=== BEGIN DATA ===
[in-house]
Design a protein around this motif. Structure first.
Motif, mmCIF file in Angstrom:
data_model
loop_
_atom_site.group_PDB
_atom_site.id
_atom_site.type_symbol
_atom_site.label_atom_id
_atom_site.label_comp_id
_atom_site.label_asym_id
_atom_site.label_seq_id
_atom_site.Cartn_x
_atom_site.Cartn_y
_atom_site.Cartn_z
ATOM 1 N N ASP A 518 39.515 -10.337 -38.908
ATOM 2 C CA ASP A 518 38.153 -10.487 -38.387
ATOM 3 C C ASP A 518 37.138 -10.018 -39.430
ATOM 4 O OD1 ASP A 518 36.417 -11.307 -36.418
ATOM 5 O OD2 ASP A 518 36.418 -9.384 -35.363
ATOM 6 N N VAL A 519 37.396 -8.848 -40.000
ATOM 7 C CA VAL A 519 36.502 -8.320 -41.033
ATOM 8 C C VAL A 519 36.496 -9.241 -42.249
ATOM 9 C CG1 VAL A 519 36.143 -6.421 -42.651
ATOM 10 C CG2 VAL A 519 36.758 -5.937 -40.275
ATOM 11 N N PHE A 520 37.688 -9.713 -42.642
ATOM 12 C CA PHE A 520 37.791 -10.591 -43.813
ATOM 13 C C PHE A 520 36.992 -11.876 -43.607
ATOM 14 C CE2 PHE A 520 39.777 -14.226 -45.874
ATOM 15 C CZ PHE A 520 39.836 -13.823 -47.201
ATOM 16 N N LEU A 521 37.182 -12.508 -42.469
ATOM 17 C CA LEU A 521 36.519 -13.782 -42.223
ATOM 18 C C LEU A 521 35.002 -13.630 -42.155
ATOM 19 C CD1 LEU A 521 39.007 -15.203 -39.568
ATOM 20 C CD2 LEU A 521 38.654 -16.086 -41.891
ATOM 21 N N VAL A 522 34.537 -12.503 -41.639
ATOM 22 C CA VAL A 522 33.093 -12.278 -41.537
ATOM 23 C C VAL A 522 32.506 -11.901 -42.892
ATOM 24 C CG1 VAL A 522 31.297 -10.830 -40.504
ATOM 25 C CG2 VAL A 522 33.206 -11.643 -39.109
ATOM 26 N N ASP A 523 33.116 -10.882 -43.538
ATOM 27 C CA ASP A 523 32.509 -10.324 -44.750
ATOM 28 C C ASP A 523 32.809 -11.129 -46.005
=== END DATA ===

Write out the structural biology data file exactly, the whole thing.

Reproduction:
[in-house]
Design a protein around this motif. Structure first.
Motif, mmCIF file in Angstrom:
data_model
loop_
_atom_site.group_PDB
_atom_site.id
_atom_site.type_symbol
_atom_site.label_atom_id
_atom_site.label_comp_id
_atom_site.label_asym_id
_atom_site.label_seq_id
_atom_site.Cartn_x
_atom_site.Cartn_y
_atom_site.Cartn_z
ATOM 1 N N ASP A 518 39.515 -10.337 -38.908
ATOM 2 C CA ASP A 518 38.153 -10.487 -38.387
ATOM 3 C C ASP A 518 37.138 -10.018 -39.430
ATOM 4 O OD1 ASP A 518 36.417 -11.307 -36.418
ATOM 5 O OD2 ASP A 518 36.418 -9.384 -35.363
ATOM 6 N N VAL A 519 37.396 -8.848 -40.000
ATOM 7 C CA VAL A 519 36.502 -8.320 -41.033
ATOM 8 C C VAL A 519 36.496 -9.241 -42.249
ATOM 9 C CG1 VAL A 519 36.143 -6.421 -42.651
ATOM 10 C CG2 VAL A 519 36.758 -5.937 -40.275
ATOM 11 N N PHE A 520 37.688 -9.713 -42.642
ATOM 12 C CA PHE A 520 37.791 -10.591 -43.813
ATOM 13 C C PHE A 520 36.992 -11.876 -43.607
ATOM 14 C CE2 PHE A 520 39.777 -14.226 -45.874
ATOM 15 C CZ PHE A 520 39.836 -13.823 -47.201
ATOM 16 N N LEU A 521 37.182 -12.508 -42.469
ATOM 17 C CA LEU A 521 36.519 -13.782 -42.223
ATOM 18 C C LEU A 521 35.002 -13.630 -42.155
ATOM 19 C CD1 LEU A 521 39.007 -15.203 -39.568
ATOM 20 C CD2 LEU A 521 38.654 -16.086 -41.891
ATOM 21 N N VAL A 522 34.537 -12.503 -41.639
ATOM 22 C CA VAL A 522 33.093 -12.278 -41.537
ATOM 23 C C VAL A 522 32.506 -11.901 -42.892
ATOM 24 C CG1 VAL A 522 31.297 -10.830 -40.504
ATOM 25 C CG2 VAL A 522 33.206 -11.643 -39.109
ATOM 26 N N ASP A 523 33.116 -10.882 -43.538
ATOM 27 C CA ASP A 523 32.509 -10.324 -44.750
ATOM 28 C C ASP A 523 32.809 -11.129 -46.005